The good news is that Ilya Samsonov has looked pretty decent through his first two appearances (both Leafs wins), and he has a pretty good opportunity to seize the reins as the team’s primary starter over the next month or so. Maybe this will all end up working out for Toronto, but if the Leafs were hoping that this new tandem would provide more stability, it’s off to a rocky start.
3. Connor McDavid gets going
Well in case there was any doubt, it turns out Connor McDavid is still pretty good. He kicked off the season by scoring three times in the Edmonton Oilers’ season opener, helping him hit 700 career points in the process.
A couple quick takeaways from that achievement: It’s insane to think McDavid is just starting his eighth season and already has 700 points to his name, especially when you remember he’s missed a full season’s worth of games to injury and another half season’s worth due to the pandemic. So basically, he’s recorded 700 points in five-and-a-half seasons. That’s laughably good.
Also, of McDavid’s eight seasons in the NHL, he’s managed to log a hat trick within two games FOUR separate times. My man knows how to get a party started.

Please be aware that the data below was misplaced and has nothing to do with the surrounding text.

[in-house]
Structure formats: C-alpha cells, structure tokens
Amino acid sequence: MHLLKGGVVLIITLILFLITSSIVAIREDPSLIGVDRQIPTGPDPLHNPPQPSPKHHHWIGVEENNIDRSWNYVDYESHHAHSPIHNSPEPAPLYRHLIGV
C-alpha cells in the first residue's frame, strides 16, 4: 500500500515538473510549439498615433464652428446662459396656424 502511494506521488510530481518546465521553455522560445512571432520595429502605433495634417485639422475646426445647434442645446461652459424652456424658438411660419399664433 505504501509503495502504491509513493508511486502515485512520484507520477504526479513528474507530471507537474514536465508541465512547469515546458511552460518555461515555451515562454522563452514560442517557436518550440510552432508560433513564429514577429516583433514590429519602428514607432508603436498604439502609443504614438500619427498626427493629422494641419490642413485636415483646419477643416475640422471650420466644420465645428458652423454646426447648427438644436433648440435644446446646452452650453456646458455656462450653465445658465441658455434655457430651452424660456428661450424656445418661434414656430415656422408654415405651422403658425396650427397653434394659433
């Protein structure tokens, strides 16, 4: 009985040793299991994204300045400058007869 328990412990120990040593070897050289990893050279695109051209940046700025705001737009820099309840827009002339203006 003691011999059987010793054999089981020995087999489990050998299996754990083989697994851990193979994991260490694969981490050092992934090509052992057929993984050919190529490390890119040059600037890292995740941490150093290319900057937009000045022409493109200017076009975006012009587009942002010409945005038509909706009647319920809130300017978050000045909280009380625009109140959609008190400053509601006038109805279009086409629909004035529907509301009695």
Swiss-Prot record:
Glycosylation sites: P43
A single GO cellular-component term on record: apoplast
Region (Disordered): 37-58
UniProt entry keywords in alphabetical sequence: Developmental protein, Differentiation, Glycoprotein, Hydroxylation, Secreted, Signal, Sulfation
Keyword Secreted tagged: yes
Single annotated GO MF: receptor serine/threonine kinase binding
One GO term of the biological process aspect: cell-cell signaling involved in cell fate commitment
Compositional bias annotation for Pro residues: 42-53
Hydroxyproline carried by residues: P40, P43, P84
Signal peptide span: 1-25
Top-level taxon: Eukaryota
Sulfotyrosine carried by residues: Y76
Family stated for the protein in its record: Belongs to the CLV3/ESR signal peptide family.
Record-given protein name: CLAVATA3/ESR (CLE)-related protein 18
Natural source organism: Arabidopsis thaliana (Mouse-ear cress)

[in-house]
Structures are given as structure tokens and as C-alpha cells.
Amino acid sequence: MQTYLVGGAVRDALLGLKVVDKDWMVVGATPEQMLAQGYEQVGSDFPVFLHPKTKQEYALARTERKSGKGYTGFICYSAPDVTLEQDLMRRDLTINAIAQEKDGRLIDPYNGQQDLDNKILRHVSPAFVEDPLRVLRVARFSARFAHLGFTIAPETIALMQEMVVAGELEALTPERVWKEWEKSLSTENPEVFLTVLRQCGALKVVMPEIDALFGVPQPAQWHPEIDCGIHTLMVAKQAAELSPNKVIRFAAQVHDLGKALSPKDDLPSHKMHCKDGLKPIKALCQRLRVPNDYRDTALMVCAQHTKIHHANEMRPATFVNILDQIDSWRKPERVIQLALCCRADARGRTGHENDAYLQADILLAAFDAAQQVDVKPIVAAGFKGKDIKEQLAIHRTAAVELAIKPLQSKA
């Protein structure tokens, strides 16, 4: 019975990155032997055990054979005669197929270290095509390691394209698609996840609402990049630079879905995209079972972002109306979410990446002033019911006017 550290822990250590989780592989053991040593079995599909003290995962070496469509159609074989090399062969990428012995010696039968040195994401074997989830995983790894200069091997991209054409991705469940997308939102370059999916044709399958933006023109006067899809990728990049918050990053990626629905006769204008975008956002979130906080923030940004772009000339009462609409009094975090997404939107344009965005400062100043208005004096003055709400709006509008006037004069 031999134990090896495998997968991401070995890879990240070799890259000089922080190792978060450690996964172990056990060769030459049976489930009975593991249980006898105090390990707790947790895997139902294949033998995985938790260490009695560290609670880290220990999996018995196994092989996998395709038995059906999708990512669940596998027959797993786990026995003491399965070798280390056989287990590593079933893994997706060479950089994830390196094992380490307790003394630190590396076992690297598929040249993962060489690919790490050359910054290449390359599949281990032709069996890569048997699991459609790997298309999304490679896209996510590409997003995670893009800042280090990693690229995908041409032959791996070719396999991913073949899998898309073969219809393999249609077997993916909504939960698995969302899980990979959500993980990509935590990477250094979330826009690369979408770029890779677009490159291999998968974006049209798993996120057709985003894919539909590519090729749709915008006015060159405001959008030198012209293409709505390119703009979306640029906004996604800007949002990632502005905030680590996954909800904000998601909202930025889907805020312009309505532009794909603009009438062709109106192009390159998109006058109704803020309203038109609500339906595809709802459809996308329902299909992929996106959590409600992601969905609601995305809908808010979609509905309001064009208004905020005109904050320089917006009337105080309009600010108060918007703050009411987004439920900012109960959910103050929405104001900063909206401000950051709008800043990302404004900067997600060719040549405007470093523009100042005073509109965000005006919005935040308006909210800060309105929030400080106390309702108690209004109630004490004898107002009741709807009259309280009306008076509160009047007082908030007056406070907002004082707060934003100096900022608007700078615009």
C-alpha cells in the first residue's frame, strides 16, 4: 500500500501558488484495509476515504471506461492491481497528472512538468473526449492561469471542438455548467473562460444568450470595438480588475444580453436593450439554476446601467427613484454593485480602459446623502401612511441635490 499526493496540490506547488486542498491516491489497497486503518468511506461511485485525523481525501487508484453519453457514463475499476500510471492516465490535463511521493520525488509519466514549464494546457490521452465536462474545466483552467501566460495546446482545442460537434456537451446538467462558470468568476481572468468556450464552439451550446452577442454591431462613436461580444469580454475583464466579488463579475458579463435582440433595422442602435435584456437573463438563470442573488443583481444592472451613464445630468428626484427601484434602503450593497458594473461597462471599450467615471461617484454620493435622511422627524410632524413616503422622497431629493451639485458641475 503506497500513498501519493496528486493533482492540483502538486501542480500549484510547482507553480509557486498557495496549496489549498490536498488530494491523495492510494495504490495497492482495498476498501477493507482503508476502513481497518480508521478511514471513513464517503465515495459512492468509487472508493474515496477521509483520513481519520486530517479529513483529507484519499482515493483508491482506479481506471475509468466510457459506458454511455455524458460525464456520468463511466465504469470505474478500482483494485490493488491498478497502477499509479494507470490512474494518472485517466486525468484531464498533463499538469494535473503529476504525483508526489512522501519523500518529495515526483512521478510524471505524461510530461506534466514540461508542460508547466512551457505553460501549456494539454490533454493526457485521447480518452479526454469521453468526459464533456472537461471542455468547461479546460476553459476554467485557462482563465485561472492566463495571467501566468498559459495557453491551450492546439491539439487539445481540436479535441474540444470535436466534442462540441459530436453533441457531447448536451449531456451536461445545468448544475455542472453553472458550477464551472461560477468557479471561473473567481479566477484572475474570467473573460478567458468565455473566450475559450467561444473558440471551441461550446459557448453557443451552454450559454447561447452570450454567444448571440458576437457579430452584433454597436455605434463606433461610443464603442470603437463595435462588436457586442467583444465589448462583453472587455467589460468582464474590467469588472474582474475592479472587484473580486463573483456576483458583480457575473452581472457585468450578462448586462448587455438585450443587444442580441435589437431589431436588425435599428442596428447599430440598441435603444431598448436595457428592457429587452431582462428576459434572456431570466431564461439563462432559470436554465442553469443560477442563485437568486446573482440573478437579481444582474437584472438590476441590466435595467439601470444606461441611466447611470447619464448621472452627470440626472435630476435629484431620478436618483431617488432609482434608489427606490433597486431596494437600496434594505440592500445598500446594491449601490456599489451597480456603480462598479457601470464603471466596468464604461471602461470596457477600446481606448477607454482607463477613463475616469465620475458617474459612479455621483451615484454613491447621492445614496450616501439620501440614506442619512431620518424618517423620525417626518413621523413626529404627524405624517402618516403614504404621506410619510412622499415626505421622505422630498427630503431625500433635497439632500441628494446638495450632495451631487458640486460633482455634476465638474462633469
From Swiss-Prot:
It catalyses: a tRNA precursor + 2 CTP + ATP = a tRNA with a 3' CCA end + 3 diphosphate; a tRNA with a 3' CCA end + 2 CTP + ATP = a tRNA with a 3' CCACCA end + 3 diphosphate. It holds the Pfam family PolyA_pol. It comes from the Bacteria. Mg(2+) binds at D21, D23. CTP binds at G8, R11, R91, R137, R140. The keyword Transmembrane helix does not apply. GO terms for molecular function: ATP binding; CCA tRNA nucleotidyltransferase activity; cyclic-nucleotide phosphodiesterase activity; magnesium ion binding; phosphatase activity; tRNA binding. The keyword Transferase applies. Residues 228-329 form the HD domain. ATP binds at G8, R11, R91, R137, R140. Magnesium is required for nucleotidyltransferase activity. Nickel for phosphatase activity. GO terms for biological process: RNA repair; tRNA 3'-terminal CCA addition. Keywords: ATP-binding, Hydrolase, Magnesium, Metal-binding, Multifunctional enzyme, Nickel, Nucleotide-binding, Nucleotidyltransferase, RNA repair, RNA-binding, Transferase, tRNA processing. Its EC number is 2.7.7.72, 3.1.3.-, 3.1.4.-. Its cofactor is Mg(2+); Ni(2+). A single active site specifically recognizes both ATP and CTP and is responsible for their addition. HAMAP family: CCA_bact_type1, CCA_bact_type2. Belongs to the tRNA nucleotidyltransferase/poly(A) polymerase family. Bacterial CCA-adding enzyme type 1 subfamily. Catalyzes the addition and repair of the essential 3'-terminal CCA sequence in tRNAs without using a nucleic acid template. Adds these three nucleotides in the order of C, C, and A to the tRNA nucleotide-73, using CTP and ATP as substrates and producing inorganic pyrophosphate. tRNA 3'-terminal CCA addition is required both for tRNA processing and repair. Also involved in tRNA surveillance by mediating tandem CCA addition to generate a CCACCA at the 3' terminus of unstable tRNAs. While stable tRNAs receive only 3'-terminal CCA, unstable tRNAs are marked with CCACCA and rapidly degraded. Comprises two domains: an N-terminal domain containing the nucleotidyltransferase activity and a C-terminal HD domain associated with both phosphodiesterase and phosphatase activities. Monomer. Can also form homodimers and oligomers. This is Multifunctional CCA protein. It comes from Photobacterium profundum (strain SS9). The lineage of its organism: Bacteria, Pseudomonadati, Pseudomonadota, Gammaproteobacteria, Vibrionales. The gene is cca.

4. NHL 23
Last week, I mentioned that I’d gotten my hands on NHL 23 a little early and would be prepared to give the game a mini review this week. Well, I’ve been playing it for about a week now and, unfortunately, I’m still not totally sure how I feel. Very helpful, I know.
The biggest complaint you typically hear with the NHL video game franchise is that there aren’t many big year-to-year changes and the new release is just an expensive roster update. Admittedly, this season’s game largely feels, plays and looks the same as NHL 22, and I wouldn’t really blame anyone for being turned off by that.
But with that being said, I enjoyed NHL 22 and there are some small but noticeable improvements with NHL 23. Hitting physics seem more realistic, speed gaps are more noticeable and crowd atmosphere is more authentic to specific game situations. I’m enjoying the experience for the most part, even if it’s pretty familiar.